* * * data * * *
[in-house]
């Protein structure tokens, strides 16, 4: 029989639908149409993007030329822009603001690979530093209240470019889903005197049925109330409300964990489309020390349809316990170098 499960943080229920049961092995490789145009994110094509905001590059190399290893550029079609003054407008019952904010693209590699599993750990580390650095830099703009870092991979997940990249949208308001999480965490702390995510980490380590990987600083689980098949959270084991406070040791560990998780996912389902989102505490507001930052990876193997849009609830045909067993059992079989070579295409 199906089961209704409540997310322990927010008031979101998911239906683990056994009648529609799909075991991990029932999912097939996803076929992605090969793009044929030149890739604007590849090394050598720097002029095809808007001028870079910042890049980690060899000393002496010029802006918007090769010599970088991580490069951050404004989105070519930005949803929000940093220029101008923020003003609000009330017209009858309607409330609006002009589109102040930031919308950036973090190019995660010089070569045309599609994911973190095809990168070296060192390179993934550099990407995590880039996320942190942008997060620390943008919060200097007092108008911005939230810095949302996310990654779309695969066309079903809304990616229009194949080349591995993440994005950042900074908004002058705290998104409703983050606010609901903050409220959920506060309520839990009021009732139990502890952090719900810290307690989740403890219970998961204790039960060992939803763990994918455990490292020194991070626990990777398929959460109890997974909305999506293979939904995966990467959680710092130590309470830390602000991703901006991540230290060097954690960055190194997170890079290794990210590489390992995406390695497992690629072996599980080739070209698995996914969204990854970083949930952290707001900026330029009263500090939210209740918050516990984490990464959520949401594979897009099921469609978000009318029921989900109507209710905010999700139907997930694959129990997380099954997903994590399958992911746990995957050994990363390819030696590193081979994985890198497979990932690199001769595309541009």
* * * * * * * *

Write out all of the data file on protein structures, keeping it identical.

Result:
[in-house]
């Protein structure tokens, strides 16, 4: 029989639908149409993007030329822009603001690979530093209240470019889903005197049925109330409300964990489309020390349809316990170098 499960943080229920049961092995490789145009994110094509905001590059190399290893550029079609003054407008019952904010693209590699599993750990580390650095830099703009870092991979997940990249949208308001999480965490702390995510980490380590990987600083689980098949959270084991406070040791560990998780996912389902989102505490507001930052990876193997849009609830045909067993059992079989070579295409 199906089961209704409540997310322990927010008031979101998911239906683990056994009648529609799909075991991990029932999912097939996803076929992605090969793009044929030149890739604007590849090394050598720097002029095809808007001028870079910042890049980690060899000393002496010029802006918007090769010599970088991580490069951050404004989105070519930005949803929000940093220029101008923020003003609000009330017209009858309607409330609006002009589109102040930031919308950036973090190019995660010089070569045309599609994911973190095809990168070296060192390179993934550099990407995590880039996320942190942008997060620390943008919060200097007092108008911005939230810095949302996310990654779309695969066309079903809304990616229009194949080349591995993440994005950042900074908004002058705290998104409703983050606010609901903050409220959920506060309520839990009021009732139990502890952090719900810290307690989740403890219970998961204790039960060992939803763990994918455990490292020194991070626990990777398929959460109890997974909305999506293979939904995966990467959680710092130590309470830390602000991703901006991540230290060097954690960055190194997170890079290794990210590489390992995406390695497992690629072996599980080739070209698995996914969204990854970083949930952290707001900026330029009263500090939210209740918050516990984490990464959520949401594979897009099921469609978000009318029921989900109507209710905010999700139907997930694959129990997380099954997903994590399958992911746990995957050994990363390819030696590193081979994985890198497979990932690199001769595309541009």